VN133-KC NVA DShK ’38 Anti Aircraft Team
A kneeling North Vietnamese Army gunner and a crouching gun commander observe enemy helicopters approaching their position. Soon, the order will be given to open fire.
Requiring a heavy machine gun, similar to the .50 calibre M2 Browning, the Soviets began work on this project as early as 1929 and provided the first working samples by 1931 using a 30-round drum magazine. Actual experience and a number of innovations resulted in a much improved, belt-fed adaption that led to the introduction of the DShK 1938 which saw plenty of action throughout Red Army service in WW2 and for many years and wars afterwards.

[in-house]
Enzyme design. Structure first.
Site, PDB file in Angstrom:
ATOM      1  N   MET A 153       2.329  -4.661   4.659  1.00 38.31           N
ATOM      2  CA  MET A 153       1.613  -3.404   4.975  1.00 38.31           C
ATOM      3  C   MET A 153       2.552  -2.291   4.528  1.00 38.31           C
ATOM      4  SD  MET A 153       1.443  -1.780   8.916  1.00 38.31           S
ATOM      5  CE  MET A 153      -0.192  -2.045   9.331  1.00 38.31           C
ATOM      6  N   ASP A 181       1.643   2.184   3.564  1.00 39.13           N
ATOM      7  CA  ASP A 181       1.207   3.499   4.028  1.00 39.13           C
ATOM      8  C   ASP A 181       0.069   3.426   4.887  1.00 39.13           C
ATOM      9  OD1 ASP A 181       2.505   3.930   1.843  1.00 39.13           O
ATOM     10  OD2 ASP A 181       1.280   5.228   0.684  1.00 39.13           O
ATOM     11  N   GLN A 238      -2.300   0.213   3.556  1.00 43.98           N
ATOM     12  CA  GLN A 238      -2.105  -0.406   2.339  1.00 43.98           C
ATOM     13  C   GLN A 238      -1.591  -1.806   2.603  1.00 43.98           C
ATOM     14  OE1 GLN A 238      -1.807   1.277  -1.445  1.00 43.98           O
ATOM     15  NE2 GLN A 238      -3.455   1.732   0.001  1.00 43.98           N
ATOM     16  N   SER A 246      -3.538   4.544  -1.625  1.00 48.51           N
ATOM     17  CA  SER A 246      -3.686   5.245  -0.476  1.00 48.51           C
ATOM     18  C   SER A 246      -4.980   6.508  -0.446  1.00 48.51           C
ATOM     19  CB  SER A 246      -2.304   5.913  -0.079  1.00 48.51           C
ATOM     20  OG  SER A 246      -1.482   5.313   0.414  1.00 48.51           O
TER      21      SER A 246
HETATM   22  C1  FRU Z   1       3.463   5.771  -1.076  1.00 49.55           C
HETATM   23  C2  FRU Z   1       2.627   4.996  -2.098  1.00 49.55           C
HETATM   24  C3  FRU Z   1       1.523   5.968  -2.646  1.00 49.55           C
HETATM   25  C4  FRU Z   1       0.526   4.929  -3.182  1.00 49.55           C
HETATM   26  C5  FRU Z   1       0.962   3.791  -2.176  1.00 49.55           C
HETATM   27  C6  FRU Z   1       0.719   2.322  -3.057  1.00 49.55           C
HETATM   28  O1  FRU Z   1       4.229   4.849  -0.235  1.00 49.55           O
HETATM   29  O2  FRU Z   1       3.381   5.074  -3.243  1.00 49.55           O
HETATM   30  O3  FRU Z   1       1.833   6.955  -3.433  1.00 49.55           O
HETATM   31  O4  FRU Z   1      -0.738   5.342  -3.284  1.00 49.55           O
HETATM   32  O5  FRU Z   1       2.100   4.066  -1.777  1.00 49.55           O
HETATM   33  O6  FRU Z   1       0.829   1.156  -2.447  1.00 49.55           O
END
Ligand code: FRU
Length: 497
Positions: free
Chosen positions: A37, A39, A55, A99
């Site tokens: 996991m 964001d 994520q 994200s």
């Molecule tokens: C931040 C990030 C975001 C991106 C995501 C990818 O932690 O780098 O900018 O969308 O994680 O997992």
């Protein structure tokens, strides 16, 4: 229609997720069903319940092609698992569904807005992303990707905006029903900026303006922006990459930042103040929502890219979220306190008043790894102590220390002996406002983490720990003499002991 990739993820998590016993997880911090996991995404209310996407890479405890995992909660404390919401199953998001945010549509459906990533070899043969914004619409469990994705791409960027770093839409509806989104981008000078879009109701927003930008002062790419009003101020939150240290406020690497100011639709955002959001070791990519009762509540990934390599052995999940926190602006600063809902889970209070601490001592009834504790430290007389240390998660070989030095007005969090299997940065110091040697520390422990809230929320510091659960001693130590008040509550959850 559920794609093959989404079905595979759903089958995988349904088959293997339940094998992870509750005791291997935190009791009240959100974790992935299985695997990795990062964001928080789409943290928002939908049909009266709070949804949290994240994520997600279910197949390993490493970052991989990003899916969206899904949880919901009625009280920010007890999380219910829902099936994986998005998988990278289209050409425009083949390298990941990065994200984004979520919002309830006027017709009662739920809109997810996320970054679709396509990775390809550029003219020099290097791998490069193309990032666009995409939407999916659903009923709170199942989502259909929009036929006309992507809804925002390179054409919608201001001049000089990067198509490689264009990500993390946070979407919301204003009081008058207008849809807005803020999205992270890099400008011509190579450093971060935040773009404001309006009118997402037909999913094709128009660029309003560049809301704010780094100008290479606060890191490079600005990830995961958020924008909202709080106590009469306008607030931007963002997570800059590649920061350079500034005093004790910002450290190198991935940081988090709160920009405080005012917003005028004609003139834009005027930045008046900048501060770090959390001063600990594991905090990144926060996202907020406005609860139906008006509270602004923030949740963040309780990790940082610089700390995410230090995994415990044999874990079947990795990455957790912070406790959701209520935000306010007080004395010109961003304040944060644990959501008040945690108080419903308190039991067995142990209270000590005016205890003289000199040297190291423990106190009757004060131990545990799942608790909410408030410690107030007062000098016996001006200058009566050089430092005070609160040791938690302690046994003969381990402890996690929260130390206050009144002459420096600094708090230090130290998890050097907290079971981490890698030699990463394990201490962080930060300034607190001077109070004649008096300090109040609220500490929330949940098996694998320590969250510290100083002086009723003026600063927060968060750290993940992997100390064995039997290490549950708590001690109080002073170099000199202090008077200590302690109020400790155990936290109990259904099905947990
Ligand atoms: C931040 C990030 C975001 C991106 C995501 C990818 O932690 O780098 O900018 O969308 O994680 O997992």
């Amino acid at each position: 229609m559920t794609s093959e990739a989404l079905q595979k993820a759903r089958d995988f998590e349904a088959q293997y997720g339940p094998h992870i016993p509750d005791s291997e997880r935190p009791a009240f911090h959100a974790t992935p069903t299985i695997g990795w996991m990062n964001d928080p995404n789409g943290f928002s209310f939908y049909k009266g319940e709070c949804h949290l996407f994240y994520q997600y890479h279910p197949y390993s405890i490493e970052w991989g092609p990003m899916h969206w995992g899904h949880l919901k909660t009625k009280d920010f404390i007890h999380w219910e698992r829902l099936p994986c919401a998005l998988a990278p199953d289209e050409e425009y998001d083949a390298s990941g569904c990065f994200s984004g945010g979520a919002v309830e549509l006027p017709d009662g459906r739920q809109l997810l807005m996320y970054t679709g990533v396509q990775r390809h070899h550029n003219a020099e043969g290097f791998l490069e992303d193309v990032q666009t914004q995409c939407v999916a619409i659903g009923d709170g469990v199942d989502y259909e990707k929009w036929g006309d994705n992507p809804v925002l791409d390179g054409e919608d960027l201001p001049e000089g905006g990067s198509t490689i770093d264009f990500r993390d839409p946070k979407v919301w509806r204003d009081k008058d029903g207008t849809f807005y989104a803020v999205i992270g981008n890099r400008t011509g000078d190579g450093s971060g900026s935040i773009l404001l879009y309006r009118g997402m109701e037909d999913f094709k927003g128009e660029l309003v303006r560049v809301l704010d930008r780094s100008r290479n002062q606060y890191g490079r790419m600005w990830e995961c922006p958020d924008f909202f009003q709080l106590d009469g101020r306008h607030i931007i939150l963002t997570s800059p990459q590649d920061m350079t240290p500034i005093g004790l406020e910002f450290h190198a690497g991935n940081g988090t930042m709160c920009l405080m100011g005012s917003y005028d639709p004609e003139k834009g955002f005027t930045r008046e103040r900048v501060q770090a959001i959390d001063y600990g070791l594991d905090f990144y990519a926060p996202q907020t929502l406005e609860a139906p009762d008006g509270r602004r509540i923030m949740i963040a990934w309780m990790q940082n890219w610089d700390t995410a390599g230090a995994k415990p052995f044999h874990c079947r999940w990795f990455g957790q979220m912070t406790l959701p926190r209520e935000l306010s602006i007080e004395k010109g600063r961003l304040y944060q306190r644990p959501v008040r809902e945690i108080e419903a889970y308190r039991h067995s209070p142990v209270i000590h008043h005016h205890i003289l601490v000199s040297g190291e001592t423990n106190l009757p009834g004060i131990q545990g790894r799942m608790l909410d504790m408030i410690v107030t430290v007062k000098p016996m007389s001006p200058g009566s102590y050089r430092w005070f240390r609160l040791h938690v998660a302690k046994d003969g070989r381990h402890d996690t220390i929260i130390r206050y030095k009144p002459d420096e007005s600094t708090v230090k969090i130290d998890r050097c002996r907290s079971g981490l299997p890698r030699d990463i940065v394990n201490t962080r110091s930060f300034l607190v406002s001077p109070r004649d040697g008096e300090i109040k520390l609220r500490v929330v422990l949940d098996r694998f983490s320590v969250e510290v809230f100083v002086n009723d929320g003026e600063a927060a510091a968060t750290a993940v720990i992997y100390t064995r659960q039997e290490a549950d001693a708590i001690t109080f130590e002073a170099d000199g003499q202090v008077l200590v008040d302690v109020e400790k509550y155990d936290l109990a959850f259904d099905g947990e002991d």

One country that utilized thousands of these DShK ‘38s was North Vietnam, especially in the ‘Anti Aircraft’ role. Batteries of these heavy machine guns were situated throughout the North protecting all kinds of strategic targets from the attacks of American fighters and bombers.
In addition, other DShK ‘38s were sent down south to help protect, North Vietnamese Army regulars and local Viet Cong guerrillas against aerial assault by South Vietnamese and U.S. Army helicopter gunships which had, until then, been dominating the battlefield.